THE PROSPECT MOUNTAIN HIGH SCHOOL CHOIRS earned a pair of awards at the Great East Festival. The mixed choir was given a gold level award and the select choir was given a platinum level award. Tim Croes. (click for larger version)
June 06, 2012ALTON — The Prospect Mountain High School mixed and select choirs traveled to Methuen, Mass. on Friday, June 1, to compete at the Great East Festival, and both groups came away with awards.
The select choir, which is made up 12 students, was given a platinum level award for scoring in between 95 and 100 points by the judges on a 100-point scale and the mixed choir, which is made up of 37 students, was given the gold award for scoring between 80 and 95 points on the 100-point scale.
Both groups were under the direction of Jamie Bolduc. She said both groups earned gold at the same competition last year.
Both choirs practiced five days a week, 44 minutes at a time, as they are all enrolled in a class for choir.
The select choir, which students have to tryout for and Bolduc requires one year on the mixed choir to participate in, performed "Johnny Said No" and "I Dreamed a Dream" from Les Miserables.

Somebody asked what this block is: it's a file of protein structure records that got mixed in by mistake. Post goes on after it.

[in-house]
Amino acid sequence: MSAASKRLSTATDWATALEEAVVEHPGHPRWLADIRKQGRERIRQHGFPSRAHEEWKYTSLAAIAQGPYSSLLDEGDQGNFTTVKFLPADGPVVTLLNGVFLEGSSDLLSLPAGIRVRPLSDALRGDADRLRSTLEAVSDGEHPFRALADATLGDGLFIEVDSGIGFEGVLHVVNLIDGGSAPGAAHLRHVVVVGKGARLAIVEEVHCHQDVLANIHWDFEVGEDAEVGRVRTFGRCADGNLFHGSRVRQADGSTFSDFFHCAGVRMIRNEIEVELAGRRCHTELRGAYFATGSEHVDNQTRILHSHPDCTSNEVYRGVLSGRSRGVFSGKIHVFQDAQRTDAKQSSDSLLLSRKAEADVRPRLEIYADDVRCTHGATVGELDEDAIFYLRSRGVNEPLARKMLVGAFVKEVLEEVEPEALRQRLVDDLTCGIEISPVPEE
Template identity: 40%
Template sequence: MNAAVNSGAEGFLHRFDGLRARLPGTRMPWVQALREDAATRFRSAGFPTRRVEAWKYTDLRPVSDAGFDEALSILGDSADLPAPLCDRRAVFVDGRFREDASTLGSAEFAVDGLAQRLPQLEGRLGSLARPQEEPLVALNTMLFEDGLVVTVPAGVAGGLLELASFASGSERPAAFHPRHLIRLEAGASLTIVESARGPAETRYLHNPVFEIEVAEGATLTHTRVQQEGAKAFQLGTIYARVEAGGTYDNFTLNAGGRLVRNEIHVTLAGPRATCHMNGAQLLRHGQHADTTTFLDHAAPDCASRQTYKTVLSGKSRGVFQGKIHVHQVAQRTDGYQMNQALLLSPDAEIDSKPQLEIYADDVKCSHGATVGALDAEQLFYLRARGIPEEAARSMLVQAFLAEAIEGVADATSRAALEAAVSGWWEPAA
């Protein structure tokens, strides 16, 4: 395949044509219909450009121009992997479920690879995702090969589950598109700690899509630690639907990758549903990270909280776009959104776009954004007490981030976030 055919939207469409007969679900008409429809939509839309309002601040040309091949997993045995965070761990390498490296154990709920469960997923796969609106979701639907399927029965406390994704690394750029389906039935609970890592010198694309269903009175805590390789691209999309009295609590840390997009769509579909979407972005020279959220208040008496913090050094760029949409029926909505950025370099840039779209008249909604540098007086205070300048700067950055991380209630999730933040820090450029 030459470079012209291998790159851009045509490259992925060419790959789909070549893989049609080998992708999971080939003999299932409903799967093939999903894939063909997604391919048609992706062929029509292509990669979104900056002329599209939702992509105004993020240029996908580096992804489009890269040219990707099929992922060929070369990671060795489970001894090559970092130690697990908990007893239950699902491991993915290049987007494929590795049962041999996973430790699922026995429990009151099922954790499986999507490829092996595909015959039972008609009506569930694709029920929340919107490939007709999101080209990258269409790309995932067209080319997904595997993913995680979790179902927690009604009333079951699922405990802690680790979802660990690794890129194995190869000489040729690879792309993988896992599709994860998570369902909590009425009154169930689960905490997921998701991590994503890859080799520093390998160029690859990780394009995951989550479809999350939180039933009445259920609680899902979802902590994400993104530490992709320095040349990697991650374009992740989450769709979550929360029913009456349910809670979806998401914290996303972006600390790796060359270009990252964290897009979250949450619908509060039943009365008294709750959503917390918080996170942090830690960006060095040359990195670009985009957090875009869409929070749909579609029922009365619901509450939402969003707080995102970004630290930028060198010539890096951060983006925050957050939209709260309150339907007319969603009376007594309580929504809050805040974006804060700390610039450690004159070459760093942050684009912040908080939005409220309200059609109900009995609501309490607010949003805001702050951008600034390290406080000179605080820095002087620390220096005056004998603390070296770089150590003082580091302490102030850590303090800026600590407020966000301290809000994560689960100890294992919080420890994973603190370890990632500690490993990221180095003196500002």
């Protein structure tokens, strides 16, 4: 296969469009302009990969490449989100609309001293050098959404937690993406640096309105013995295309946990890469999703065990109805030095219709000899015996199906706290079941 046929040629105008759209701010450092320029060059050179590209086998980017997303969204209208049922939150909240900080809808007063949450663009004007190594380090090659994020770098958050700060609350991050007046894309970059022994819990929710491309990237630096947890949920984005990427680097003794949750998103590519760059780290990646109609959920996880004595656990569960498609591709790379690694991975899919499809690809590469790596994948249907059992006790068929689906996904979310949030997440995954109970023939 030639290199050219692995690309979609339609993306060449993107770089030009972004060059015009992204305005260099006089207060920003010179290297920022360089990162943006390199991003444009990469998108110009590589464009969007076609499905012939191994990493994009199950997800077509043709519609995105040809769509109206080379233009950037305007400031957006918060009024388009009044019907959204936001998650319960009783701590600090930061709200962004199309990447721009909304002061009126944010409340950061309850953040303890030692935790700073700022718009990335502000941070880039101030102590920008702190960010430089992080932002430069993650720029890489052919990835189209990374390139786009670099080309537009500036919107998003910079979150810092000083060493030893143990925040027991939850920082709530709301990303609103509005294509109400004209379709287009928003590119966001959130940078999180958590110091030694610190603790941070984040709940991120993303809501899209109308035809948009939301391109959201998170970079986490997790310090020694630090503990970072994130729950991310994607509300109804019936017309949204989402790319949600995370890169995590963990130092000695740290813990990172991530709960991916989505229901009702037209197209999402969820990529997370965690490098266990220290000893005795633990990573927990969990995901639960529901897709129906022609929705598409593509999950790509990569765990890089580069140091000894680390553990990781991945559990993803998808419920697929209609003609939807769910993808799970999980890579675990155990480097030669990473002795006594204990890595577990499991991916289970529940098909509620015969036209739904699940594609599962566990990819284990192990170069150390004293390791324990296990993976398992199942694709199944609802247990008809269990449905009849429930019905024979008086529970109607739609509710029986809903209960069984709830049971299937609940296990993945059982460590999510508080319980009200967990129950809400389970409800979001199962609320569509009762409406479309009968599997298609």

Students attended a performance of Les Miserables in Boston, so that was an easy pick. But the students weren't sure about the second choice, but they came around.
For the mixed choir, which is open to any student, Bolduc chose "I Dream a World" and "MLK," a song by U2. Bolduc said a long discussion went into the choice of "MLK" and students ultimately decided on the song.
Kristine Adams, a member of the select choir, talked about the performance and challenge of competing for a judges' score.
"You are really competing against yourself," Adams said. "It shows the group what we can improve on next year."
As part of the competition, the judge explains the score and why it was given.
Mariah Lemay, a member of the mixed choir, took a lot away from what the judge had to say.
"It's like they are your director for two minutes," Lemay said.
Chelsey Bebeua and Ashley Sample, two other students in the mixed choir, agreed that they learned a lot from the critique.
Bolduc felt that the judges this year provided a lot of information for the students take in.
"The constructive criticism was better," Bolduc said. "The judges covered more."
Bolduc is already working on concerts for next year and possible return to Great East Festival.
Tim Croes can be reached at email@example.com or 569-3126